Posted in gardening, The Southern Garden

A little road trip.

Last weekend my husband and I decided it was time to get away for the day, so we jumped in the car and headed west. We headed for one of my favorite spots in Florida, Bok Towers. As we drove across State Road 60, it didn’t take long before we left civilization, so to speak. Once you reach a certain point on State Road 60, the only thing to wave at you as you drive by is the cows.

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As you get past seeing the same thing over and over, you begin to  notice little things. And one item I saw repeatedly gave me encouragement.
The Citrus growers are replanting.
I rejoiced as I saw this because our citrus industry has gone through so much in the last couple of decades. The land was sold for development and growth, groves aged and were not replenished. There were a series of hurricanes and deep freezes, and then, of course, the diseases. Citrus canker and Citrus Greening have taken their toll on the groves in our state.
Agriculture of any kind is difficult, but seems as if the citrus growers had taken one hit after another.

new citrus groves
But they persist, and to see new trees being planted right alongside the old existing groves is encouraging. It shows there is hope.
When we finally arrived at Bok Towers, we had another surprise in store. The garden had also gone through massive changes as well. Beautiful changes, and again it was because of nature. The azalea plants the tower was so well known had also suffered the ravages of age. Repeated hurricanes had knocked out the natural canopy that provided the shade the azaleas needed to survive and then a series of years of extremely cold winters took out the weaker plants. But in their place other plants were able to survive. And with the replenishment of the garden, the wildlife came back,
The one addition that I thought was encouraging was the children’s garden, once again showing that there’s hope for the future. If we encourage children to love and appreciate the gardens we are setting the next generation up to respect our earth.

 


As we walked to the gardens my husband, and I saw beautiful flowers; some native, some exotic. Some plants you had to search for, while others could easily be found right along the main walkways, making for an interesting day.
Anyone who says that the summertime in Florida it’s impossible to grow colorful flowers, well you’ve never walked the paths of Bok Tower.

“Make you the world a bit better or more beautiful because you have lived in it”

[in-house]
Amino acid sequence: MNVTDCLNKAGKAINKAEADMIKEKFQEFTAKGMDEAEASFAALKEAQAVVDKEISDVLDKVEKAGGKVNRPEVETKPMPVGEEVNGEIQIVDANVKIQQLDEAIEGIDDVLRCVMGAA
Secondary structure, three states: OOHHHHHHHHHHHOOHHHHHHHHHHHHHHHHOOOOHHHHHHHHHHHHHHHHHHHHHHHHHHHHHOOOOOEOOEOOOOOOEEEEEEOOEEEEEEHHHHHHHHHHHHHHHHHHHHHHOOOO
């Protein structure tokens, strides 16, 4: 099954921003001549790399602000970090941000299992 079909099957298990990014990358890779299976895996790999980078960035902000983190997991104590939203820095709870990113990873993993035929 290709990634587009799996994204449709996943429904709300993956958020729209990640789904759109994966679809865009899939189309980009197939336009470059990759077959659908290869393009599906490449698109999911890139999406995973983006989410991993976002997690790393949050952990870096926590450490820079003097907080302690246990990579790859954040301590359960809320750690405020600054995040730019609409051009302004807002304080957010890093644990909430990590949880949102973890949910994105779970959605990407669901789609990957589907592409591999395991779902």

~Edward W. Bok~

moth on flower
Victoria LK Williams

Posted in Uncategorized

It’s a cold start!

The start of 2018’s weather hasn’t been easy! Frigid temps, icy roads and record setting snowfall have made the celebrating the holiday season challenging for our northern friends and family.

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Even down here in the south, we are bracing for frosty weather. Heavy rains are beating against the windows as I write, to be followed by a cold front that threatens not only our comfort, but could also cause damage to our plants.

Many have gone to great lengths to get their gardens in tip-top condition for the holidays. We want our guest to enjoy the beautiful flowers of the south, and maybe even smirk a little because we can enjoy the tropics year-round.

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We can’t control the weather, but we can take steps to protect our gardens against the elements.

First off, don’t begrudge the rain. It’s helpful to keep the plants well-watered and strong against the beating winds. Be sure the pots are not sitting in water-you don’t want to create a situation where rotting can start.

Next, be thankful for a little wind. That will help keep the frost from settling on the leaves, flowers and fruit. But too strong of a frigid wind can burn the leaves, leaving behind brown tips and falling leaves. If you can move smaller pots out of the wind, do so. If not, try to cover them with a lightweight blanket or sheet. Try not to use plastic, it can often cause more damage than it protects by burning the plants as the sunlight magnifies through it.

Keeping the plants strong and in good health all year long will also help them recover quickly if they suffer from the cold. Remember, you may not see the damage until several days or even a week later.

After the cold has passed, don’t be in a big hurry to get out there and cut back the plants. Remember it’s only January, and there could be colder weather on the way. Instead, keep the falling debris cleared to make sure that bugs and disease do not have a place to hide, keep the plants watered and be patient. Often, you’ll notice new growth starting on within a week after a freeze. What you may think is dead can rejuvenate and become a beautiful plant again.

So, relax and view your garden from the windows until the cold passes. And be thankful we don’t have to deal with all that snow!!

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